You didn’t need paperwork to launch your common law relationship, but you might want some to end it. When you forge a common law partnership you gain all the same rights and responsibilities as a married couple.
That means when the relationship ends, you have to navigate all the major issues of a divorce. While the courts don’t call it a divorce, someone may still pay child support or spousal support, property will still be divided, and child custody must be decided.
The way to formalize any of these agreements, and to make them enforceable, is through a separation agreement drafted by a professional family lawyer.
What creates a common law partnership in Alberta?
In Alberta, a common law partnership forms when you live together in an adult interdependent partnership for three years, or live together and have a child. You have a spouse-like relationship. You’re romantically involved and you support each other financially.
It is not possible to form a common law partnership with a roommate, or a friend you’re living with. It is specifically reserved for partnerships.
What are common law spouses entitled to in Alberta?
Common law spouses are entitled to 50% of marital property, just like formally married spouses are. Marital property is defined as any property that was accumulated after the date the common law partnership formed. Property that either spouse owned prior to that date returns to that spouse.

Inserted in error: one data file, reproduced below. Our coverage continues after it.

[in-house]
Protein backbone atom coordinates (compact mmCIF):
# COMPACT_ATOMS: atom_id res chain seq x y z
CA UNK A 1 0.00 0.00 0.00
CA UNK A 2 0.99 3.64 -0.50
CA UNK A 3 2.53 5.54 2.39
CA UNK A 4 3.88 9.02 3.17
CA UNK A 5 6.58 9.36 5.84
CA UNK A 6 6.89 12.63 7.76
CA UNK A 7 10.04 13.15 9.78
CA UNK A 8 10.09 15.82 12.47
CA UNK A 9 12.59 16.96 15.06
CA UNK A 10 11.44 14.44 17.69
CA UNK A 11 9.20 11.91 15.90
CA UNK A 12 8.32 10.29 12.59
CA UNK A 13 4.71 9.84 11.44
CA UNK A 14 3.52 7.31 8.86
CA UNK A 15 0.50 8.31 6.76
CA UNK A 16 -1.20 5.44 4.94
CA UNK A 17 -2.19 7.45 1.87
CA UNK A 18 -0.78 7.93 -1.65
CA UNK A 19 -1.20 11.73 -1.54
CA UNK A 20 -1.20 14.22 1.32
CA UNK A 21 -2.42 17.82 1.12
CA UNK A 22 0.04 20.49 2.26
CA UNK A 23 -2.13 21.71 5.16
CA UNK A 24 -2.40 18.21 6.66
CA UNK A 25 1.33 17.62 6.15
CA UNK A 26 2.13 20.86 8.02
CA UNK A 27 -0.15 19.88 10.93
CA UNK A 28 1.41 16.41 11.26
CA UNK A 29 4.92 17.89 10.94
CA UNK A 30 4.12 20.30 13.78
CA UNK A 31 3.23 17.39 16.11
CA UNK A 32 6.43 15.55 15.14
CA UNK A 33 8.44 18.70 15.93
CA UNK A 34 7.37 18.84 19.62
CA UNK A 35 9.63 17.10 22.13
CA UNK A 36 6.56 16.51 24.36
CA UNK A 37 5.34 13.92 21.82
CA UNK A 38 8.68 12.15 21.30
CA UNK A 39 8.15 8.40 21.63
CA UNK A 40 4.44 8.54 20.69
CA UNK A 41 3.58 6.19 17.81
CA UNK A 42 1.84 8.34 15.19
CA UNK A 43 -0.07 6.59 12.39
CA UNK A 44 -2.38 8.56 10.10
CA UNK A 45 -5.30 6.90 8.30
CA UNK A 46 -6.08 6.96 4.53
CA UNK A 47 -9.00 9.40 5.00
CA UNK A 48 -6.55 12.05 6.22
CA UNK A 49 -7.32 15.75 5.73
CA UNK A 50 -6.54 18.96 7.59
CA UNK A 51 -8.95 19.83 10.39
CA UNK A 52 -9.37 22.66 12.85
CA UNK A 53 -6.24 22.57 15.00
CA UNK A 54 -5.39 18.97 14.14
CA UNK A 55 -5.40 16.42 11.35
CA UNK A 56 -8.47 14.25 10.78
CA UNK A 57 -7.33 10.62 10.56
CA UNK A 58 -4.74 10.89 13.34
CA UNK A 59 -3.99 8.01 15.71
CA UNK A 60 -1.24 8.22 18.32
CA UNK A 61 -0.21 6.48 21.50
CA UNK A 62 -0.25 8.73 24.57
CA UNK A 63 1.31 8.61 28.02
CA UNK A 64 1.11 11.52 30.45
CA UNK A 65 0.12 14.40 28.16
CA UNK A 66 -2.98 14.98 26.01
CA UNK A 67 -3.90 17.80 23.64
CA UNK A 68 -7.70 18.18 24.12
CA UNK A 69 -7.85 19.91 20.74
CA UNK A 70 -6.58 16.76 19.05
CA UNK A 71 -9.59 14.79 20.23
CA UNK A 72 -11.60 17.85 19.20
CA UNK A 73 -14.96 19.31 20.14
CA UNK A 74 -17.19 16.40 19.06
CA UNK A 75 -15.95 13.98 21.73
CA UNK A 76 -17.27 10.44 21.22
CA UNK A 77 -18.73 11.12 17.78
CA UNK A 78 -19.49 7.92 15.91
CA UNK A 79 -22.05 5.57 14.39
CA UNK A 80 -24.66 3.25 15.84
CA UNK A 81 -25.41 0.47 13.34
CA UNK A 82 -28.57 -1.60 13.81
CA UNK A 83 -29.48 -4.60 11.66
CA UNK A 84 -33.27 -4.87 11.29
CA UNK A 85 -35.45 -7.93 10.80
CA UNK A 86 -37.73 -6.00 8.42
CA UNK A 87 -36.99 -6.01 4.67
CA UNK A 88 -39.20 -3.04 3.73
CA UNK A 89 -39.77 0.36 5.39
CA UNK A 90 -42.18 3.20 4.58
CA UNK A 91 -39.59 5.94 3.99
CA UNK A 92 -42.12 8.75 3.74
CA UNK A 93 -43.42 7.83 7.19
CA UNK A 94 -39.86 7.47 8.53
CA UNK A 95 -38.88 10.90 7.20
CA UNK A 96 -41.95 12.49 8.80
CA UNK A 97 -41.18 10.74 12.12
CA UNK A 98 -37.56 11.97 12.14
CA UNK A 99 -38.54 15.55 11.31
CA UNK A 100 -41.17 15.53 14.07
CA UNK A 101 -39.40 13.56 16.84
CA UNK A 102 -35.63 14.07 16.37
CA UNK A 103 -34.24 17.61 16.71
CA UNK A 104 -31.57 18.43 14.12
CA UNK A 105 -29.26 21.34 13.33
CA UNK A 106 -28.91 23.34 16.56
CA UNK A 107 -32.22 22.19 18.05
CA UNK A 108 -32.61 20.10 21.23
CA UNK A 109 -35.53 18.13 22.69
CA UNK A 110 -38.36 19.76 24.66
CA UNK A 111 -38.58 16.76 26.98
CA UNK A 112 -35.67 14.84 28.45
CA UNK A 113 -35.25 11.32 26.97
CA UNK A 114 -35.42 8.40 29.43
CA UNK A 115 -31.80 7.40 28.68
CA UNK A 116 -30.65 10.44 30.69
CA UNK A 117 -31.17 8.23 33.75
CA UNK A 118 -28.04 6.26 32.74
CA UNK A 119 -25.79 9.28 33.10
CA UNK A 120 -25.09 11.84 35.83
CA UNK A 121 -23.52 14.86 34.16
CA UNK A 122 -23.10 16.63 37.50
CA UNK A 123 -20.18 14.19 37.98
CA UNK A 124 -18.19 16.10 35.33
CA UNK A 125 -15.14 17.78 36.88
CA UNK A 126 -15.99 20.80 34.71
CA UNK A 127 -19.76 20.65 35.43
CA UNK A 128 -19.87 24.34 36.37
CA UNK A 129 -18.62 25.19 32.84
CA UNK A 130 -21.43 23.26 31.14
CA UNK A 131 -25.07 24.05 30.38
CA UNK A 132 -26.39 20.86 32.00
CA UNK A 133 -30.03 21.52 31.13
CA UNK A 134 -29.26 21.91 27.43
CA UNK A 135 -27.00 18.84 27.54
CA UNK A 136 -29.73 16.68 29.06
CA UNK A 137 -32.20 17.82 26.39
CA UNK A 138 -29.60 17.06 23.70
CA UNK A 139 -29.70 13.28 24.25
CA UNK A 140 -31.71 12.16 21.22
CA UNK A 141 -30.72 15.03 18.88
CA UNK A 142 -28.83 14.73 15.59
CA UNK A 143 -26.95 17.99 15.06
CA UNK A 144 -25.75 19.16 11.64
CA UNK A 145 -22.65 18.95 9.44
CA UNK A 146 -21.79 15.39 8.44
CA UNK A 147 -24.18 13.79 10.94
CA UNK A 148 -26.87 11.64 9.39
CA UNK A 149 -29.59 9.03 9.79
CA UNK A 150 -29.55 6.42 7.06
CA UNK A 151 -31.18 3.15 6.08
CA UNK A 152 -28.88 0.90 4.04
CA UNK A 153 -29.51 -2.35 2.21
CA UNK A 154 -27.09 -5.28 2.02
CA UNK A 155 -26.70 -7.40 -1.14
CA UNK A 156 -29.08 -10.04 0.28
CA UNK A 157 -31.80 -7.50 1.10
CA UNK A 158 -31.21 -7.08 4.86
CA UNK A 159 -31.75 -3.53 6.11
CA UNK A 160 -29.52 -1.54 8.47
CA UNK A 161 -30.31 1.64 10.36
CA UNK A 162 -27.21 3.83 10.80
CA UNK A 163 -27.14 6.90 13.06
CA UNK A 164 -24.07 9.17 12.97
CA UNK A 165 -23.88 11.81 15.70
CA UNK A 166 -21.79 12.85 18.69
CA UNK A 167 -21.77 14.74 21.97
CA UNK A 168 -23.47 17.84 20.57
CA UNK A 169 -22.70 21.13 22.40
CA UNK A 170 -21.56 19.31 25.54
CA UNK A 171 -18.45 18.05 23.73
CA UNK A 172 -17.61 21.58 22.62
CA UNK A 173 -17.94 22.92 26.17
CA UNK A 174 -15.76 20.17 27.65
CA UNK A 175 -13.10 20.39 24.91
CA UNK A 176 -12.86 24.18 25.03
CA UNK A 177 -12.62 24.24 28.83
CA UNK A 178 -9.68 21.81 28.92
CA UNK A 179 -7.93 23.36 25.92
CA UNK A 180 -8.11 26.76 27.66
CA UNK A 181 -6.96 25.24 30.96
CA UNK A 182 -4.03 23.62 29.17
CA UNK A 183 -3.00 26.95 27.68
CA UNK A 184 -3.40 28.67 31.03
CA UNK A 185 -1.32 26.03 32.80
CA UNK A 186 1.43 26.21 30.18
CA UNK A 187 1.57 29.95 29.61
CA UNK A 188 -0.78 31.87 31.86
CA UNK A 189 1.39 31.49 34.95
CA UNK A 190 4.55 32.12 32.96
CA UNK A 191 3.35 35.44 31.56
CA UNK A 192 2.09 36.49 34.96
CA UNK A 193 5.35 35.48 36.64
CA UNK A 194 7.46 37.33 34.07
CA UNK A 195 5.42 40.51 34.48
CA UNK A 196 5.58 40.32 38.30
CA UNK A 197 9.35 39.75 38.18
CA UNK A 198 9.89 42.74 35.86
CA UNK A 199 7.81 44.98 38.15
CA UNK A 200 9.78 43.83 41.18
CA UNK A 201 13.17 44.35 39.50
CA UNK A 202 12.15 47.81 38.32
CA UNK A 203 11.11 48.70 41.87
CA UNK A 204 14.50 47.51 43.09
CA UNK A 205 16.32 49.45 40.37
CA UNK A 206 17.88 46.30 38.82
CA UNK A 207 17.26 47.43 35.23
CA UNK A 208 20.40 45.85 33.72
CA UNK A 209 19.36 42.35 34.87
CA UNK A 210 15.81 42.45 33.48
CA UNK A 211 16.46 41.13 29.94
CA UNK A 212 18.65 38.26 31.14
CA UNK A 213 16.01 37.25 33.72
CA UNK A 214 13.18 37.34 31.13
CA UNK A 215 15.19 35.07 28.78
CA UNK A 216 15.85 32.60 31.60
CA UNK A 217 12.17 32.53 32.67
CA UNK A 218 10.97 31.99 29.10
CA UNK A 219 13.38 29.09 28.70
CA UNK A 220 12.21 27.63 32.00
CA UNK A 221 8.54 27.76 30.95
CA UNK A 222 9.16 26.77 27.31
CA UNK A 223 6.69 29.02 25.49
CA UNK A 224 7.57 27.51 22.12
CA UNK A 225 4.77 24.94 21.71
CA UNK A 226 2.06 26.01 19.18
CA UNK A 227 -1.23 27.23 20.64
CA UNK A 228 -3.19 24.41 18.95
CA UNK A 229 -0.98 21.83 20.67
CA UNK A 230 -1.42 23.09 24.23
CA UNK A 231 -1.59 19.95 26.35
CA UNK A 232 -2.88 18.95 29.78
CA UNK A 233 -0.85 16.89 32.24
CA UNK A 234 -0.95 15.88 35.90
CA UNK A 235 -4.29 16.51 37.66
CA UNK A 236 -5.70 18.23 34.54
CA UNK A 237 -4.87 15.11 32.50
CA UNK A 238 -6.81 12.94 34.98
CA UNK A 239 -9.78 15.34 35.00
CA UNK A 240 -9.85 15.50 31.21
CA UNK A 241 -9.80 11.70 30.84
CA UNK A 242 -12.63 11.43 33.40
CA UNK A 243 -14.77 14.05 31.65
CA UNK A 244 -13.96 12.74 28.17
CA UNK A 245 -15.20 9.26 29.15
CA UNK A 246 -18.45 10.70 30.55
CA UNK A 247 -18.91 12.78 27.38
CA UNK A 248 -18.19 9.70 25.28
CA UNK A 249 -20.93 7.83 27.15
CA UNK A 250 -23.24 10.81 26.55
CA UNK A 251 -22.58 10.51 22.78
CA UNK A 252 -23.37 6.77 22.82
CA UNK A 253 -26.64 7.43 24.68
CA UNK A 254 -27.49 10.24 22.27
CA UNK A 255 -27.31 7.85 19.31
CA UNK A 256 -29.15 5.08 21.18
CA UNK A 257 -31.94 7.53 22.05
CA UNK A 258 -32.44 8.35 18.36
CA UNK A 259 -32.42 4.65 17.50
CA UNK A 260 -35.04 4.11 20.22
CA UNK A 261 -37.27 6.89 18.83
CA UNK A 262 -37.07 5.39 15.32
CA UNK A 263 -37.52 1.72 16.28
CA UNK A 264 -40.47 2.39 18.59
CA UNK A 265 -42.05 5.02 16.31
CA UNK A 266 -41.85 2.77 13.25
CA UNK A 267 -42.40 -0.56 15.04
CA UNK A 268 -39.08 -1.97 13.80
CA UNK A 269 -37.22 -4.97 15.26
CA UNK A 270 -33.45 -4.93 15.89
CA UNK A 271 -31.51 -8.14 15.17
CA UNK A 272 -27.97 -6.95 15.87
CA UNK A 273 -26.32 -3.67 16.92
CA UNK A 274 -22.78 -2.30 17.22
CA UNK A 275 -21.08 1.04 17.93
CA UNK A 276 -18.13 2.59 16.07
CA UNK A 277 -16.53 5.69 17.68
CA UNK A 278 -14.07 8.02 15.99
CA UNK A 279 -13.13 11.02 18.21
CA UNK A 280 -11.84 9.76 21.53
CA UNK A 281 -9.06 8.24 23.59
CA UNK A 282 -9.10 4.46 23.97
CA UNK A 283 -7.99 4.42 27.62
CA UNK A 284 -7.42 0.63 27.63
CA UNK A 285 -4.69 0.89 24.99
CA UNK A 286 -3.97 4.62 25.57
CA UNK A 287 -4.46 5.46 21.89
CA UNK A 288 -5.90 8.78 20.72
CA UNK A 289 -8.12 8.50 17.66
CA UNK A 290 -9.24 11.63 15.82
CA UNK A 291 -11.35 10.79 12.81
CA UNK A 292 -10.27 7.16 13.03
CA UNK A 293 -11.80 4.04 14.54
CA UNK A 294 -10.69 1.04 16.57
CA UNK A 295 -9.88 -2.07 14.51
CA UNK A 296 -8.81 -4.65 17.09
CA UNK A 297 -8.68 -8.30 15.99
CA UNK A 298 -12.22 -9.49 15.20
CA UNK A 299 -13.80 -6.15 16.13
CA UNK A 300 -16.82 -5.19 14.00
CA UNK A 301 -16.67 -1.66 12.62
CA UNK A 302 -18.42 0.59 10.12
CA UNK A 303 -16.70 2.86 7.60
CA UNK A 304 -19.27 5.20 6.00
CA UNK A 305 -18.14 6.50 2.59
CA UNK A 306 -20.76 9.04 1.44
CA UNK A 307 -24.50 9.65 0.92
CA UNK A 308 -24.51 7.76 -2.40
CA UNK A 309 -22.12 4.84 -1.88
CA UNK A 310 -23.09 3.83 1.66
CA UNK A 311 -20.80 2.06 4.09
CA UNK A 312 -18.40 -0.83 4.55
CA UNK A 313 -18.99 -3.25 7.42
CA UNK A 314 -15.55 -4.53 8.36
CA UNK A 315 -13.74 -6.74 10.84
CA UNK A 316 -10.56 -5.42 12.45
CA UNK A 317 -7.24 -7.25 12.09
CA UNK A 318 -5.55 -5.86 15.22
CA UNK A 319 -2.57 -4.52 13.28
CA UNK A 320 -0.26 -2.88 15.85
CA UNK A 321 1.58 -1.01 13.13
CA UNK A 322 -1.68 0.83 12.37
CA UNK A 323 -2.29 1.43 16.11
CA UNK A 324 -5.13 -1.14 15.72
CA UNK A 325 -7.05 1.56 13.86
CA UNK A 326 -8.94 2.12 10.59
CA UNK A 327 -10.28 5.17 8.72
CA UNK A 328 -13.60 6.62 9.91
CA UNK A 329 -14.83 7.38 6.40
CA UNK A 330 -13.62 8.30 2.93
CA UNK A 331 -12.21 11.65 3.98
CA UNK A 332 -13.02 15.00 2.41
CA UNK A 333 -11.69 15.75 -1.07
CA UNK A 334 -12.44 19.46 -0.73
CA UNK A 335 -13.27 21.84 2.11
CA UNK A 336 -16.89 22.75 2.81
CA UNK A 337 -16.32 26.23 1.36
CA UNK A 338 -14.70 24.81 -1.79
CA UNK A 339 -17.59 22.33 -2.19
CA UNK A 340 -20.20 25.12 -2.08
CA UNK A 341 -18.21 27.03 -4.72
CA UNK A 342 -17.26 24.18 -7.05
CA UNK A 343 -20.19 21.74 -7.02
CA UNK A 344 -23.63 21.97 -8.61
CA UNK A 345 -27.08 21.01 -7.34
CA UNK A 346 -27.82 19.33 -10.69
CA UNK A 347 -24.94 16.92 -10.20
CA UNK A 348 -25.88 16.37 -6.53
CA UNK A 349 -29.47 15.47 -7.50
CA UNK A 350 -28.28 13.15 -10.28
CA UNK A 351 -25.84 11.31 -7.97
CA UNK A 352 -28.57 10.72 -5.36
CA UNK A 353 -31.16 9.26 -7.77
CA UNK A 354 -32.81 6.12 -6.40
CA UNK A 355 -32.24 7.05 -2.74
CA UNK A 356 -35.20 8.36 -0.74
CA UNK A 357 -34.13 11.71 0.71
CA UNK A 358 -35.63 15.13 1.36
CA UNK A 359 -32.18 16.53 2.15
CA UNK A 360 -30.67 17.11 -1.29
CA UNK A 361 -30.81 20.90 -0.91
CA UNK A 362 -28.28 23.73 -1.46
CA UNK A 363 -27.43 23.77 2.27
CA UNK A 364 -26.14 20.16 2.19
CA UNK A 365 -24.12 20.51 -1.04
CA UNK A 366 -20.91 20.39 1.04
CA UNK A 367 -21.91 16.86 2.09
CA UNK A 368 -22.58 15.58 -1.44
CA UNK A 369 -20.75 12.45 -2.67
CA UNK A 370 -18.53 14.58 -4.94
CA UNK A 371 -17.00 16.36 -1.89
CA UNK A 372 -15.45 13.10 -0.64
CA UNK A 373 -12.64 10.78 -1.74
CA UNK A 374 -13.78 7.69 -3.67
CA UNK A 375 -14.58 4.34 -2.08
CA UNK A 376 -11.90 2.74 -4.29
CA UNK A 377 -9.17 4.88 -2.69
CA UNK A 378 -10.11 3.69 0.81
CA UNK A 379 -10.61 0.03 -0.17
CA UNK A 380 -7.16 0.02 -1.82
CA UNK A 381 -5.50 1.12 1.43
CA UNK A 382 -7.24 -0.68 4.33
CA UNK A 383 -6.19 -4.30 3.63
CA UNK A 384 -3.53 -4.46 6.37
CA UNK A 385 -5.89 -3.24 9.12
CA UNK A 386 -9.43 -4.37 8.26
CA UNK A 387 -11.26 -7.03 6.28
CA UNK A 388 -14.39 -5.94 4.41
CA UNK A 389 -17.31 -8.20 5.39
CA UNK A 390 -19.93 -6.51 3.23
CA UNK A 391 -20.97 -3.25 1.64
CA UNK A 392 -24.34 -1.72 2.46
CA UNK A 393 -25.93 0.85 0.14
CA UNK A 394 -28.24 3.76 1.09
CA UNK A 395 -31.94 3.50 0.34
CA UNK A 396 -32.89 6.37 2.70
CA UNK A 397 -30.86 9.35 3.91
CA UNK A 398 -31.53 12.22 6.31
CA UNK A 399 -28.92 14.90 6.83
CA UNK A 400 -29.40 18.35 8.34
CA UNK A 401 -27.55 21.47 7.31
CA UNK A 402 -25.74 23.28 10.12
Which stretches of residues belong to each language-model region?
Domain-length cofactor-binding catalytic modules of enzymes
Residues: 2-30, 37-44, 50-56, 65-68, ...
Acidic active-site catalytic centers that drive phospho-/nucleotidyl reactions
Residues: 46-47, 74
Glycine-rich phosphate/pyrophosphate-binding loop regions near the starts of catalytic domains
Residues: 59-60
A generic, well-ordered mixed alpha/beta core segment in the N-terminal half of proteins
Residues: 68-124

This can get complex, as there are times when non-marital property and marital property can become co-mingled.
In addition, either spouse is entitled to apply for spousal support, and may be required to pay it.
Why a separation agreement?
A separation agreement doesn’t dissolve the common law partnership…you can do that simply by moving out. Yet it does allow the court to enforce any settlement the two of you come up with. You also have the ability to take your common law spouse to family court if you cannot come to an agreement and require a ruling.
A less formal, verbal agreement can’t be enforced by the courts and may result in you losing property you otherwise would have had access too, or missing out on a relationship with your children when you could have had more time with them.
Once you have the agreement you can get child support enforcement, or child access enforcement, or spousal support enforcement the way any formally married couple could.
Why Merchant Law?
Call on Merchant Law to help you negotiate your separation agreement and you gain the advantage of decades of family law experience. Our caring, respectful, and responsive lawyers will provide the expertise and care you need to take your next step.
Many of our family law lawyers have been featured in prestigious family law journals and we’ve handled hundreds of cases like yours. We can help you bring yours to its best possible outcome.
To get started, call (403) 237-7777 to set an appointment today.